The other band members weren’t overjoyed about how “that one huge ballad begat more huge ballads — most of them from Peter Cetera.” SG Prior to that, the band had more of a collective. Keyboardist Robert Lamm said, “If somebody is obviously egoing out, there’s six of ous to deal with and we’ll get together and give him a knuckle sandwich.” FB

However, Cetera’s role was becoming more prominent. Lamm had written and sung some of the band’s best known songs such as “Saturday in the Park,” “25 or 6 to 4,” and “Does Anybody Really Know What Time It Is?” Trombonist James Pankow wrote “Make Me Smile,” on which guitarist Terry Kath sang lead. Although Pankow and trumpeter Lee Loungnane had penned the band’s last four top-10 hits, it was Cetera who took the lead on vocals.


  • FB Fred Bronson (2003). The Billboard Book of Number One Hits (5th edition). Billboard Books: New York, NY. Page 446.
  • SG Stereogum (9/18/2019). “The Number Ones” by Tom Breihan
  • WK Wikipedia

Related Links:

First posted 12/27/2022.

Monday, October 11, 1976

Abba’s Arrival arrives

First posted 3/27/2008; updated 9/13/2020.



Released: October 11, 1976

Peak: 20 US, 110 UK, 4 CN, 18 AU

Sales (in millions): 0.5 US, 1.65 UK, 10.5 world (includes US and UK)

Genre: dance pop

Tracks: (Click for codes to singles charts.)

  1. When I Kissed the Teacher
  2. Dancing Queen (8/21/76, 1 US, 1 UK, 1 CN, 1 AU, sales: 3 million)
  3. My Love, My Life
  4. Dum Dum Diddle
  5. Knowing Me, Knowing You (2/26/77, 14 US, 7 AC, 1 UK, 5 CN, 9 AU)
  6. Money, Money, Money (11/20/76, 56 US, 38 AC, 3 UK, 47 CN, 1 AU, sales: 1 million)
  7. That’s Me
  8. Why Did It Have to Be Me?
  9. Tiger
  10. Arrival

Total Running Time: 33:09

The Players:

  • Agnetha Fältskog (vocals)
  • Anni-Frid Lyngstad (vocals)
  • Benny Andersson (synthesizer, piano, accordian, chimes, marimba, backing vocals)
  • Björn Ulvaeus (guitar, vocals, backing vocals)


4.209 out of 5.00 (average of 11 ratings)


About the Album:

“ABBA’s fourth album…shows the quartet at the absolute top of their game.” AMG They had achieved modest success internationally, but with Arrival they achieved global superstardom. WK It was the best-selling album of 1977 in the UK. WK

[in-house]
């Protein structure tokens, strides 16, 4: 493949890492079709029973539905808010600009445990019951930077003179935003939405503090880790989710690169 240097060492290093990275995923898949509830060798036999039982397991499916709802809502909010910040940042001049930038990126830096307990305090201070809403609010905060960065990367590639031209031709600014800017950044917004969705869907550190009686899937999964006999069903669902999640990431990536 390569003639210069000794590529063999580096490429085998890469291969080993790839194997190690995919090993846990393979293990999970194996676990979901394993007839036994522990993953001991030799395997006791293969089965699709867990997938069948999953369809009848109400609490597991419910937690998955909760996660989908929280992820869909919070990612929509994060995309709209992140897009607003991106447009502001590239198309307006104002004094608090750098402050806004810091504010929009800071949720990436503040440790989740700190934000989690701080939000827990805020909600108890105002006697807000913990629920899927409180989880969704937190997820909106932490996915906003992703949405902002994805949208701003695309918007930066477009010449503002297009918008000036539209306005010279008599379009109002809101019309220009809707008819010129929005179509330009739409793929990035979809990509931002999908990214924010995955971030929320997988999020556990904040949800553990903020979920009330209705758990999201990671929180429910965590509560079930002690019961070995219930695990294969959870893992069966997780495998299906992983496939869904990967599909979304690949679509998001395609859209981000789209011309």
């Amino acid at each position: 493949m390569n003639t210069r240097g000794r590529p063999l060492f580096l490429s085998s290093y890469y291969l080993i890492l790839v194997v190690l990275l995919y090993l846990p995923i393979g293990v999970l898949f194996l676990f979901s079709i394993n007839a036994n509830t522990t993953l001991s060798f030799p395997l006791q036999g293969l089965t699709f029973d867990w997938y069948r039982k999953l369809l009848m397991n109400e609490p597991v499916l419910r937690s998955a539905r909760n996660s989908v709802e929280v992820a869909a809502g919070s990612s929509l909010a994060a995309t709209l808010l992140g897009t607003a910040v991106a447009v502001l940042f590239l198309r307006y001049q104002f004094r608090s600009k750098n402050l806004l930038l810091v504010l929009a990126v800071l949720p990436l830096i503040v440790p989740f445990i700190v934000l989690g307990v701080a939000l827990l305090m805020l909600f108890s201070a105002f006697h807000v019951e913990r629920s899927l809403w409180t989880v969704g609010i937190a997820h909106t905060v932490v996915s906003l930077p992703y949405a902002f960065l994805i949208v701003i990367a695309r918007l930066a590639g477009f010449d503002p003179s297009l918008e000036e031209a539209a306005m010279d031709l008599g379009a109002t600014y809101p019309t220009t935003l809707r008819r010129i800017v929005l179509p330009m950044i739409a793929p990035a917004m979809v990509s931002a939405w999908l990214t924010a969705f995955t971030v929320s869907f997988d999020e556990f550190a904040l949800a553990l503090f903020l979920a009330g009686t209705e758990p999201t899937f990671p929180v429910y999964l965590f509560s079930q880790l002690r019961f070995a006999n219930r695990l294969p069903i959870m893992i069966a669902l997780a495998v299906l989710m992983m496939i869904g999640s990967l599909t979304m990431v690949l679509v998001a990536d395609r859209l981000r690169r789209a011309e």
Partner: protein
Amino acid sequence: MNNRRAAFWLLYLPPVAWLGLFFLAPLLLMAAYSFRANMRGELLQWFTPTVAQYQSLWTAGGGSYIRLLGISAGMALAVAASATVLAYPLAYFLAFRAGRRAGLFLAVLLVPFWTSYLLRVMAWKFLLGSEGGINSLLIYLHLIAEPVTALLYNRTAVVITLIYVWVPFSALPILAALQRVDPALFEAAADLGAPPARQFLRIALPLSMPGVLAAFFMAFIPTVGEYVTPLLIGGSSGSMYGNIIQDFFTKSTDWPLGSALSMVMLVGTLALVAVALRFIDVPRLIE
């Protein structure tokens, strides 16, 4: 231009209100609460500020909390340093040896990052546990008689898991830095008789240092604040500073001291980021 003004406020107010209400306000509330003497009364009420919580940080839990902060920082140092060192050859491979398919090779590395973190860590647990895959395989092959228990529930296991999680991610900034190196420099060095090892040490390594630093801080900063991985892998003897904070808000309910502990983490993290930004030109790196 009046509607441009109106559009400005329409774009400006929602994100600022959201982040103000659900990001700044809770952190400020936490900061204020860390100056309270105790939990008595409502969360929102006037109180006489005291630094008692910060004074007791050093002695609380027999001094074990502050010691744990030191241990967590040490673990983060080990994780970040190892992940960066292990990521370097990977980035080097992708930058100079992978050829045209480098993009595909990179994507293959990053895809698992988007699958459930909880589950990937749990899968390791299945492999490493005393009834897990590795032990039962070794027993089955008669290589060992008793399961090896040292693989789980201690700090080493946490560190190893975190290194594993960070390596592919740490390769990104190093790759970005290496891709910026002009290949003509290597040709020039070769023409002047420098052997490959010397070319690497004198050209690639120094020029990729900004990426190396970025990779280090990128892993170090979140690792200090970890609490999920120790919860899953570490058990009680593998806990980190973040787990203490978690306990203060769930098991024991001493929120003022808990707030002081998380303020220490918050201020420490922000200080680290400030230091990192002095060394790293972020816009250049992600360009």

Of course, the most-celebrated song on the album was Dancing Queen, the biggest hit of Abba’s career. However, “the record was filled with brilliant material, including the spirited When I Kissed the Teacher; the dramatic, achingly beautiful Knowing Me, Knowing You (yet a further hit); the pounding Money, Money, Money (still another hit off the album); and the playful That's Me.” AMG

Notes: “Fernando” was added to the 1997 CD edition of the album. In 2001, the song “Happy Hawaii” was also added as a bonus track.

Resources and Related Links:

Friday, October 1, 1976

Bob Seger releases Night Moves: October 1, 1976

Originally posted October 1, 2011.

“Bob Seger recorded the bulk of Night Moves before Live Bullet brought him his first genuine success, so it shouldn’t come as a surprise that it’s similar in spirit to the introspective Beautiful Loser, even if it rocks harder and longer. Throughout much of the album, he’s coming to grips with being on the other side of 30 and still rocking.” STE Critic Robert Cristgau said the album is for those no longer in their teens, but that it is still comprised of classic rock and roll riffs in the vein of Chuck Berry or The Rolling Stones. WK Seger “floats back in time, turning in high-school memories, remembering when wandering down Mainstreet was the highlight of an evening, covering a rockabilly favorite in Mary Lou.” STE

“Stylistically, there’s not much change since Beautiful Loser, but the difference is that Seger and his Silver Bullet Band – who turn in their first studio album here – sound intense and ferocious, and the songs are subtly varied. Yes, this is all hard rock, but the acoustic ballads reveal the influence of Dylan and Van Morrison, filtered through a Midwestern sensibility, and the rockers reveal more of Seger’s personality than ever.” STE Rolling Stone reviewer Kit Rachlis said that Seger sounded like Rod Stewart and wrote like Bruce Springsteen. WK In addition, the Muscle Shoals Rhythm Section lends a hand on 4 of the album’s songs. WK

“Seger may have been this consistent before (on Seven, for example), but the mood had never been as successfully varied, nor had his songwriting been as consistent, intimate, and personal.” STE

“Thankfully, this was delivered to a mass audience eager for Seger, and it not only became a hit, but one of the universally acknowledged high points of late-‘70s rock & roll. And, because of his passion and craft, it remains a thoroughly terrific record years later.” STE

Awards: Resources and Related Links: